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Principles of Molecular Rheumatology
  1. S Bowman

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    Tsokos GC, ed. (£113.50.) Humana Press, 2000. ISBN 0 89603 773 8

    When I initially looked through this book my first thoughts were “am I the right person to be reviewing this book?”, at least in part because I have not bought a book of this kind since I was a PhD student. I have, however, bought a large rheumatology textbook since that time, but this is characterised by the scientific chapters using lots of large multicoloured pictures and covering the science in relatively simple terms.

    This book covers a broad range of topics. It is set out in a very logical way, with the first two chapters covering areas of basic science and cellular immunology relevant to rheumatic disorders, and the final two chapters bringing these features together in relation to specific rheumatic conditions, and then moving on to treatment.

    The quality of each chapter is extremely high. They are written by many of the leaders in the fields and are extremely concise and beautifully written. I particularly liked the chapters on apoptosis and adhesion and co-stimulation. It is perhaps no coincidence that these are some of the chapters with the most illustrations. If this book had been written in 2001 rather than 2000 I am sure there would have been a chapter on chemokines and their receptors.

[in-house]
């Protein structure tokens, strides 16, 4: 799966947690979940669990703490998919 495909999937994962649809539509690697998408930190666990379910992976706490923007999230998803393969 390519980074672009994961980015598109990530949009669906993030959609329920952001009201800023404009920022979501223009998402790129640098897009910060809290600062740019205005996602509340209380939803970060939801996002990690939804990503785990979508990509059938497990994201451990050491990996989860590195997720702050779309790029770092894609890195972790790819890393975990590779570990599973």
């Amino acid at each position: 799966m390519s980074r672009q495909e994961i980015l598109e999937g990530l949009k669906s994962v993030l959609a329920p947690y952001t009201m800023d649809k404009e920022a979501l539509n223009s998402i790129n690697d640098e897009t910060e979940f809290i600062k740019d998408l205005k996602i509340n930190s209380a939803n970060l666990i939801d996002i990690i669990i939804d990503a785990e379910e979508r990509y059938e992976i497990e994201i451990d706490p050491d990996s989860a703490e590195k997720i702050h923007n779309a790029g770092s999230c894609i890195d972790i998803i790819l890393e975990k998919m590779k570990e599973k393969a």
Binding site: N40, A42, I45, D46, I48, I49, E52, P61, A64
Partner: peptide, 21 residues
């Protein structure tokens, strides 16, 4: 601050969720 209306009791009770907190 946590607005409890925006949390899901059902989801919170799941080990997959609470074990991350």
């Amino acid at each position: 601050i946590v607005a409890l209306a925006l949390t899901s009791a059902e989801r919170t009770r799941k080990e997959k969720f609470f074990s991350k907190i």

I think that it is this that has created the uncertainty in my mind on two counts. This book is ostensibly aimed towards providing a better understanding of molecular and cellular aspects of rheumatic diseases, particularly geared to rheumatology clinicians in training. I suspect, however, that one of the good quality, highly illustrated, undergraduate texts is likely to be of greater benefit to this stated audience.

    Where I could see a book like this being of great use is for somebody in the early stages of a PhD, wanting rapidly to gain a grasp of the field, but who already has some basic knowledge (this is precisely the sort of book I bought all those years ago during my PhD). There is no doubt that this is a superbly constructed and written book, but I think it is much more of a reference book for those wanting a detailed review of the subject than a bedtime read for those with a passing interest.